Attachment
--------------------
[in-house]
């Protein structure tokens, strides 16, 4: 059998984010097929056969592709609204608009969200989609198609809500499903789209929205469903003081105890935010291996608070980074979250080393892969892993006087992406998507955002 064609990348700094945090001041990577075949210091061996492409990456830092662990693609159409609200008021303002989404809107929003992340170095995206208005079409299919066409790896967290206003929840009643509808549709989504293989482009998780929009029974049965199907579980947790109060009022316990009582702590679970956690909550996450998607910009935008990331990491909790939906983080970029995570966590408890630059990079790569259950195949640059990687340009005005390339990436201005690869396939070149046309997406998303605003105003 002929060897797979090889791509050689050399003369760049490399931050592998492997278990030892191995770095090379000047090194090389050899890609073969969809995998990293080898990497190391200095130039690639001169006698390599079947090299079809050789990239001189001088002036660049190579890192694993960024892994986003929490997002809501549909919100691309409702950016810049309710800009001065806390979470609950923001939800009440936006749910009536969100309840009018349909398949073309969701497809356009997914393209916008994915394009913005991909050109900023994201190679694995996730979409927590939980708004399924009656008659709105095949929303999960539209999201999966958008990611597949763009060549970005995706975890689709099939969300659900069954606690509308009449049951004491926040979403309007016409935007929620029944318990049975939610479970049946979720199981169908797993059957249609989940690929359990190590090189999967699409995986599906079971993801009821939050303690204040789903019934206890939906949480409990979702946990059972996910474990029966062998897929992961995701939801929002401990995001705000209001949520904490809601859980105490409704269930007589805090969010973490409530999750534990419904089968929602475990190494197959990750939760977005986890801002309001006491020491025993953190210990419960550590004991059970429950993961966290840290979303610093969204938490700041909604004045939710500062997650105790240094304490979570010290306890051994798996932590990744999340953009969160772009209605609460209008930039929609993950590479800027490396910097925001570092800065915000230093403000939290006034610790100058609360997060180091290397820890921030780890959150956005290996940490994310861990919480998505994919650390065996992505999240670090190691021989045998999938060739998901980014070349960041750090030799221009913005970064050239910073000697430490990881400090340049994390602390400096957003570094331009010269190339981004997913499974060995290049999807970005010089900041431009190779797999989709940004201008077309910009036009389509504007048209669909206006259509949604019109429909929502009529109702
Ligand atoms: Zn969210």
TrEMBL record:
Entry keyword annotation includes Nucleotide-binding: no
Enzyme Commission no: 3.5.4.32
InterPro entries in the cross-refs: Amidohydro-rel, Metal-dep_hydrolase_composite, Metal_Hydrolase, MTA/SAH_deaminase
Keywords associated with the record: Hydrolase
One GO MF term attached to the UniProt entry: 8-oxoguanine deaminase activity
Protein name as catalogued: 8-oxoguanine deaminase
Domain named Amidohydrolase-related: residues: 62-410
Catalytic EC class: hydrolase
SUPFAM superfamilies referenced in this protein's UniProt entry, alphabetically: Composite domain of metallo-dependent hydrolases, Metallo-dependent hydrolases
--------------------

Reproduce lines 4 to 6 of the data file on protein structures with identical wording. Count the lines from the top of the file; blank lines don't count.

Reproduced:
TrEMBL record:
Entry keyword annotation includes Nucleotide-binding: no
Enzyme Commission no: 3.5.4.32